After three years of construction, a new 17-block entertainment district in Las Colinas finally has an opening date. The centerpiece, simply called the Pavilion, will be one of the largest and most high-tech venues in Dallas-Fort Worth when it opens Sept. 1.
Local bookers and musicians say it could result in a smaller pool of acts for some mid-sized venues in Dallas, and may lead to greater competition for acts amongst venues such as the Bomb Factory, Gas Monkey Live and Billy Bob’s Texas.
“I have been telling friends how that place is going to shake things up in DFW, especially with the non-compete clause bands sign to play,” says local DJ Bryan Coonrod.
The Pavilion is exclusively booked by Live Nation – who are also behind American Airlines Center and South Side Ballroom – and typically have non-compete clauses in their contracts that restrict bands from playing anywhere close for a specific period of time.
The new Las Colinas venue will morph to fit any number of events, thanks to its airplane hangar-style construction. By simply closing a door and rearranging the seats, the 8,000-seat amphitheater can become an indoor arena, event hall, intimate theater or standing-room-only rock venue.
"It really is a unique, state-of-the-art facility," says Michael Rilley, general manager for the Pavilion. “I describe it like a big piece of clay because you can mold and shape the venue to fit.”
Given these luxurious amenities, some artists may be lured away from independent and mid-sized venues. “I had a country artist I was trying to book at South Side Music Hall, [and] they told me they were going to wait for the [Pavilion at the] Music Factory to open up so they could play there,” says Daniel Castaneda, an independent booker, formerly with Gas Monkey Live. “I was kind of shocked, because at that time the place was just dirt.”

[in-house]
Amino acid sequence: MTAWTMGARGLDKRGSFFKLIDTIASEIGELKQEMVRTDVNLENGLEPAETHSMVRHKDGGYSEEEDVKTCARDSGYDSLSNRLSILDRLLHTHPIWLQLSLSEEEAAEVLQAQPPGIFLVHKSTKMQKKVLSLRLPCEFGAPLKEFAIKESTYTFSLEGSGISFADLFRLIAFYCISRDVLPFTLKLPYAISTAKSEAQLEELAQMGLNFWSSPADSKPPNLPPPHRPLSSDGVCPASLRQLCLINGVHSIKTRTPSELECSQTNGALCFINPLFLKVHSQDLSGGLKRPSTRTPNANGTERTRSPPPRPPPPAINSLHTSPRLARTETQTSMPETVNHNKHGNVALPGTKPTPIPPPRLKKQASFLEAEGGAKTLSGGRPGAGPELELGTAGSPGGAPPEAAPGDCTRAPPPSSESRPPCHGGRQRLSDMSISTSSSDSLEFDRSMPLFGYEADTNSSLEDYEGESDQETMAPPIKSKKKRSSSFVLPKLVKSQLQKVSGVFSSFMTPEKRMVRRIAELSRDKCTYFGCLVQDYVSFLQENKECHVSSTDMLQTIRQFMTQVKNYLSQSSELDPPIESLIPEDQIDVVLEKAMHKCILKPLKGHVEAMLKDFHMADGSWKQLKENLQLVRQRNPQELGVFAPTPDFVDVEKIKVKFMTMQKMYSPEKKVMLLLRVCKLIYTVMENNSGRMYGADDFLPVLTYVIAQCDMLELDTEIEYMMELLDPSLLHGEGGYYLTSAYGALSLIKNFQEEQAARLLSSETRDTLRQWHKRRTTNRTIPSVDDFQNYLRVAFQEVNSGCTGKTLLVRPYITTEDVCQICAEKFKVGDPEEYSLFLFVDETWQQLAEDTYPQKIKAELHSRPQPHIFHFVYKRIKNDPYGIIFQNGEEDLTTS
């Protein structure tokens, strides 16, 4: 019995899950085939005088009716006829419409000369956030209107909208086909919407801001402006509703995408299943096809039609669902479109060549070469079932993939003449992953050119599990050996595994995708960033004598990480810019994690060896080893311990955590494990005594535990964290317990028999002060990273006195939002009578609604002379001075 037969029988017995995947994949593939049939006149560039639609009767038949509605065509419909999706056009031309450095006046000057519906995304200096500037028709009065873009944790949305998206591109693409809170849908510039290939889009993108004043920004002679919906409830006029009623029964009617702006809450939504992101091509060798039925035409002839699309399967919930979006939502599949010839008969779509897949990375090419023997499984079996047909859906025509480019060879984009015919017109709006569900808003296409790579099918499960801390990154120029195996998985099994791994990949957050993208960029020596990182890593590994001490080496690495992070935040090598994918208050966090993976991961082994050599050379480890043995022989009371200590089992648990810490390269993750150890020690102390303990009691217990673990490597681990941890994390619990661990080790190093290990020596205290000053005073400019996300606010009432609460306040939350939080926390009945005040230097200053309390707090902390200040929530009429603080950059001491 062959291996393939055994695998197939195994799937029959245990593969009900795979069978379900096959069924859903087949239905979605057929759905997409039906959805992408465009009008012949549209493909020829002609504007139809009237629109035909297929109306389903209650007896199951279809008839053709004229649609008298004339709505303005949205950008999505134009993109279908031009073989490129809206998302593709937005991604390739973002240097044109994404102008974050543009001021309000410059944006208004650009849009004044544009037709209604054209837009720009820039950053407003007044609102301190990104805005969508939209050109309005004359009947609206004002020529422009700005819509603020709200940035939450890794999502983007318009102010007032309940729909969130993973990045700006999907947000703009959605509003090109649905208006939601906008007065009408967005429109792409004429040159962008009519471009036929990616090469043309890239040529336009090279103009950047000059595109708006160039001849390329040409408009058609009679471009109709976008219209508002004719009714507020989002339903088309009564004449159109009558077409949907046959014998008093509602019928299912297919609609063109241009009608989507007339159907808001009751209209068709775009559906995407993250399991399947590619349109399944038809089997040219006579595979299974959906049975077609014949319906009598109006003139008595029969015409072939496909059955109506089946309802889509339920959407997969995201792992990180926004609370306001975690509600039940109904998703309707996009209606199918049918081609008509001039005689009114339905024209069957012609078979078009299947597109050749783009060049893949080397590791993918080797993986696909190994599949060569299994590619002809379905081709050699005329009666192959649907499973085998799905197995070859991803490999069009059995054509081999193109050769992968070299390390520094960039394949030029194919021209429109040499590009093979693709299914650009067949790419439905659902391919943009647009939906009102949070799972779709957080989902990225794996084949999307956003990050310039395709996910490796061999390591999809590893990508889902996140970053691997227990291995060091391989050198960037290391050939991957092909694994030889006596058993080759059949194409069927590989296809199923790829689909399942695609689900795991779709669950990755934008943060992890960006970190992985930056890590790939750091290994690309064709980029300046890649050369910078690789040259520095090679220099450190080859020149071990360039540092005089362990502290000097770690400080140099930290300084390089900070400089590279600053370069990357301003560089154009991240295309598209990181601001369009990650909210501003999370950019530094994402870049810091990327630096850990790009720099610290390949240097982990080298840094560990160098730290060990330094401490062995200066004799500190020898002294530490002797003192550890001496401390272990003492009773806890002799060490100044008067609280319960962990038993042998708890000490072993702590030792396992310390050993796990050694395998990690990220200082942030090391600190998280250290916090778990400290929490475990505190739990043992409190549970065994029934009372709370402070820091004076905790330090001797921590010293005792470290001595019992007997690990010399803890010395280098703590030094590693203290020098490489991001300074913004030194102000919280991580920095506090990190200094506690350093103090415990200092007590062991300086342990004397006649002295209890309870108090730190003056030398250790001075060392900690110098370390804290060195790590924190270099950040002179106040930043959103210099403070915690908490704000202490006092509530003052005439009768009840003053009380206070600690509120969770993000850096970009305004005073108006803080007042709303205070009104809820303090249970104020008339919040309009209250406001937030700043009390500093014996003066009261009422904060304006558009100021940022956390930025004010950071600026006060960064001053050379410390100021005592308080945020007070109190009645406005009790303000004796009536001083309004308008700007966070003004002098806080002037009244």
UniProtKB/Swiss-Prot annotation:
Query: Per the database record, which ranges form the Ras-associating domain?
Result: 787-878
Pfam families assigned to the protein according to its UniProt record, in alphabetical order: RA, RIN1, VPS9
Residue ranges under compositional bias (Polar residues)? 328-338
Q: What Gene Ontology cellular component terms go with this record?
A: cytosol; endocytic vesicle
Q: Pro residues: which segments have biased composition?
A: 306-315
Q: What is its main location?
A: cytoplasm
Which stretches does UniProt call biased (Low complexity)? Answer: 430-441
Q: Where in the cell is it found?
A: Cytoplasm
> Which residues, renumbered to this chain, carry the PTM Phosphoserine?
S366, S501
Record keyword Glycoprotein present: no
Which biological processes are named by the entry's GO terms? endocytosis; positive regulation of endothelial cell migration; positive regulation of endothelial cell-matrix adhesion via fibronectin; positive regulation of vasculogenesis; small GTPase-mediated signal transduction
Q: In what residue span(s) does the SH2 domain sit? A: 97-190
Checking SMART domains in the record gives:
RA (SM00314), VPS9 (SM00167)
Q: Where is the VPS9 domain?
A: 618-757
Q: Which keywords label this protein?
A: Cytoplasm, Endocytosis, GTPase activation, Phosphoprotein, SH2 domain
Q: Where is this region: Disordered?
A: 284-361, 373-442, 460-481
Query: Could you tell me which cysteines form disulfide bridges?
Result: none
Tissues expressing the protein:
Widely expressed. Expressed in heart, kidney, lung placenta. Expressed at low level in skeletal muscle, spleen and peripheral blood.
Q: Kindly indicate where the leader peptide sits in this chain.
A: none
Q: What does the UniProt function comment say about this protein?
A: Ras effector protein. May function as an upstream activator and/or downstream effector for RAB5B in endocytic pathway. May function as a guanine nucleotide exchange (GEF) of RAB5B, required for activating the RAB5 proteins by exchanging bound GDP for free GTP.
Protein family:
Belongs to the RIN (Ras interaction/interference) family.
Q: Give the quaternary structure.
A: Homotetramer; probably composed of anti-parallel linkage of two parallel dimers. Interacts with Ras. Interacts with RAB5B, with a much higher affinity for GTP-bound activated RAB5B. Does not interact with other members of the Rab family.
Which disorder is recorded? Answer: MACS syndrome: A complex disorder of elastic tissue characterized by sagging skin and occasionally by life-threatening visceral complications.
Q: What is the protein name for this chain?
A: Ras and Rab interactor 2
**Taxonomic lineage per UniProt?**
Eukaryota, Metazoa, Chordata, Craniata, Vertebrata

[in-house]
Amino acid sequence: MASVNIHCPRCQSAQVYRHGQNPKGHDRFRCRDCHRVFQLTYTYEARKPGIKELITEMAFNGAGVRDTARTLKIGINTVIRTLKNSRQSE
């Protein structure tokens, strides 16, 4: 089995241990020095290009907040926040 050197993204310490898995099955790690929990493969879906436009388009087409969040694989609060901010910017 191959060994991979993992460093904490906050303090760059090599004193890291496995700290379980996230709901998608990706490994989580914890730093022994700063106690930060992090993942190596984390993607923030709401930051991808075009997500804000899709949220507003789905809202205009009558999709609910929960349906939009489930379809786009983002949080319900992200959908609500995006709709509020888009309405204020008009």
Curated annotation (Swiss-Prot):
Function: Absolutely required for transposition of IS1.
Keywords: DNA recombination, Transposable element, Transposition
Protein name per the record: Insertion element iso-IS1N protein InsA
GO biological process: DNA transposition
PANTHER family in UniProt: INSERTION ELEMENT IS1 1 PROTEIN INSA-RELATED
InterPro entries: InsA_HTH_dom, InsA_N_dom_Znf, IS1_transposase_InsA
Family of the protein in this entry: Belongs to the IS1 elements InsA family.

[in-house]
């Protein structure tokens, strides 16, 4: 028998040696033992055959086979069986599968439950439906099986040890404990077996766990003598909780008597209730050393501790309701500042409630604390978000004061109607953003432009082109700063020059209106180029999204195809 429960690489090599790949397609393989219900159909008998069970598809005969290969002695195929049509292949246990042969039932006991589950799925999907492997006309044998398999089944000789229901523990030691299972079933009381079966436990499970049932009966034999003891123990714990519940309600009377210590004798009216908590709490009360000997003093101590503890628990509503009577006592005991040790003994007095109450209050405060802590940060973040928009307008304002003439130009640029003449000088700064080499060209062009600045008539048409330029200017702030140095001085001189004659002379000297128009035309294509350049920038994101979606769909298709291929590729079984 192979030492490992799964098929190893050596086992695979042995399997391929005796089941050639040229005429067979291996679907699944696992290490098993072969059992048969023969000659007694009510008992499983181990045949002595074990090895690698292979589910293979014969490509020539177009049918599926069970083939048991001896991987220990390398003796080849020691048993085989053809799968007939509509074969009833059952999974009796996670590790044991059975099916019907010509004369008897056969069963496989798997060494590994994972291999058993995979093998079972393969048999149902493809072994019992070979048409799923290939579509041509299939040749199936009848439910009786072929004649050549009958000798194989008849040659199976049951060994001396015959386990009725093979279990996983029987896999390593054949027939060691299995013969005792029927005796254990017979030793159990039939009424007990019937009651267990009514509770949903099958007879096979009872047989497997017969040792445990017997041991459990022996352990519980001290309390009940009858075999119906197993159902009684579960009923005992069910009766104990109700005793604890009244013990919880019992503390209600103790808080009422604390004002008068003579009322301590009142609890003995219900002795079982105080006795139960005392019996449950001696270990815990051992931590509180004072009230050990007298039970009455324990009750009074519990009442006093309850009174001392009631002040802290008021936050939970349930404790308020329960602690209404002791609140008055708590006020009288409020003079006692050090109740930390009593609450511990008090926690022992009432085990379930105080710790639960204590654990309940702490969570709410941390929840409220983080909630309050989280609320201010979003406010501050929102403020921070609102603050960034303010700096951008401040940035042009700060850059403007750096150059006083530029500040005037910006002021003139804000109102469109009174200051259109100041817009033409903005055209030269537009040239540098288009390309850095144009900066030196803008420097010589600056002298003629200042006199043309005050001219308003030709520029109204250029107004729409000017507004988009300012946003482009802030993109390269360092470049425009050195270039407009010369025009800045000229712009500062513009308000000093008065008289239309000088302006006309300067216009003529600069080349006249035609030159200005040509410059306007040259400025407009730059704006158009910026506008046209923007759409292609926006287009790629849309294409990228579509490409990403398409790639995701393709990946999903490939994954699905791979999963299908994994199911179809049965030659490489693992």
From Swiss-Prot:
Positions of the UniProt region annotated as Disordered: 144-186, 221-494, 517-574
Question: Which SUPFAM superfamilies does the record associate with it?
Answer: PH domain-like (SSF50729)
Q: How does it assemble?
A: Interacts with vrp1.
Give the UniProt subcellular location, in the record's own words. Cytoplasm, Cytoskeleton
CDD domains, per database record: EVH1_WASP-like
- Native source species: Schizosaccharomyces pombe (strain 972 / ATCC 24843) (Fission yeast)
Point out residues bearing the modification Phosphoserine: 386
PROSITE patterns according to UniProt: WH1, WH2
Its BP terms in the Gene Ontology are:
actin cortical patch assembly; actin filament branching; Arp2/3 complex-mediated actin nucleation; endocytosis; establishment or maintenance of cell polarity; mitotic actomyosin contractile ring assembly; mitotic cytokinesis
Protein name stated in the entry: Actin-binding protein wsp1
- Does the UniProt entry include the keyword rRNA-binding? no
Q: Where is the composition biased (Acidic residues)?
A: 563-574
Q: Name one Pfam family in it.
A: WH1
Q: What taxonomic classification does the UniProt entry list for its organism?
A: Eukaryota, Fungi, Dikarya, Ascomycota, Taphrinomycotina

Live Nation has already revealed a stellar string of events planned for the Pavilion's first months. Dave Chappelle, Brad Paisley and comedians Jeff Foxworthy and Larry the Cable Guy will perform during the Pavilion’s first three days of operation. In the first three months, Kiss, the Flaming Lips, Trevor Noah, Harry Styles, Chris Rock and Megadeth will appear.
An increase in competition has upsides. For example, the Pavilion may create bigger and better opportunities for local and lesser known bands. “Gas Monkey will still get a lot of the same shows, a lot of acts like playing that room, but it might be cool to see some more double headline bills by smaller acts fill the room out,” Castaneda says. “With all these venues I could see it being hard for people deciding which place to attend. But I don't think Gas Monkey is worried. I wouldn't be worried."
For now however, construction continues on the Pavilion, which is part of a larger complex called the Irving Music Factory. By the end of the year the complex will include more than 20 bars, restaurants and clubs; an eight-screen Alamo Drafthouse Cinema; and a 100,000-square-foot office building, already leased to capacity. The retail space is still being rented out.
But the Pavilion is the main draw.
“We’ve been working toward this target date of the grand opening of the venue for over 18 months,” Rilley says.
Only time will tell whether the Pavilion will become a boon for local acts, or a burden for bookers.
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